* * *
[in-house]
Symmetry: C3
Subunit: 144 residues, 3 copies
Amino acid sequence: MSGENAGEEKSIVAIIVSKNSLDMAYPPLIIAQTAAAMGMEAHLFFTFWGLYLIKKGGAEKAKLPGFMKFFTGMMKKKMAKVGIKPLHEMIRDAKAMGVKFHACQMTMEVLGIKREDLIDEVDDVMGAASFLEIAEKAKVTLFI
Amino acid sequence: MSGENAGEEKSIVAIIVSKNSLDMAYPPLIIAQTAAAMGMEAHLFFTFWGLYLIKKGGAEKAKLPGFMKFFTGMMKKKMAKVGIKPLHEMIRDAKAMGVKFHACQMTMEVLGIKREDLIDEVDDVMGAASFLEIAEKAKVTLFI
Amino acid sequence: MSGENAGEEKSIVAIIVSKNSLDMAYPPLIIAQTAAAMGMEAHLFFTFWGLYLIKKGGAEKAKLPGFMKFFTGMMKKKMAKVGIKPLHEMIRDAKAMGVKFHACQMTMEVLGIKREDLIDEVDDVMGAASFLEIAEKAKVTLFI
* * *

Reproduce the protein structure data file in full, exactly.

[in-house]
Symmetry: C3
Subunit: 144 residues, 3 copies
Amino acid sequence: MSGENAGEEKSIVAIIVSKNSLDMAYPPLIIAQTAAAMGMEAHLFFTFWGLYLIKKGGAEKAKLPGFMKFFTGMMKKKMAKVGIKPLHEMIRDAKAMGVKFHACQMTMEVLGIKREDLIDEVDDVMGAASFLEIAEKAKVTLFI
Amino acid sequence: MSGENAGEEKSIVAIIVSKNSLDMAYPPLIIAQTAAAMGMEAHLFFTFWGLYLIKKGGAEKAKLPGFMKFFTGMMKKKMAKVGIKPLHEMIRDAKAMGVKFHACQMTMEVLGIKREDLIDEVDDVMGAASFLEIAEKAKVTLFI
Amino acid sequence: MSGENAGEEKSIVAIIVSKNSLDMAYPPLIIAQTAAAMGMEAHLFFTFWGLYLIKKGGAEKAKLPGFMKFFTGMMKKKMAKVGIKPLHEMIRDAKAMGVKFHACQMTMEVLGIKREDLIDEVDDVMGAASFLEIAEKAKVTLFI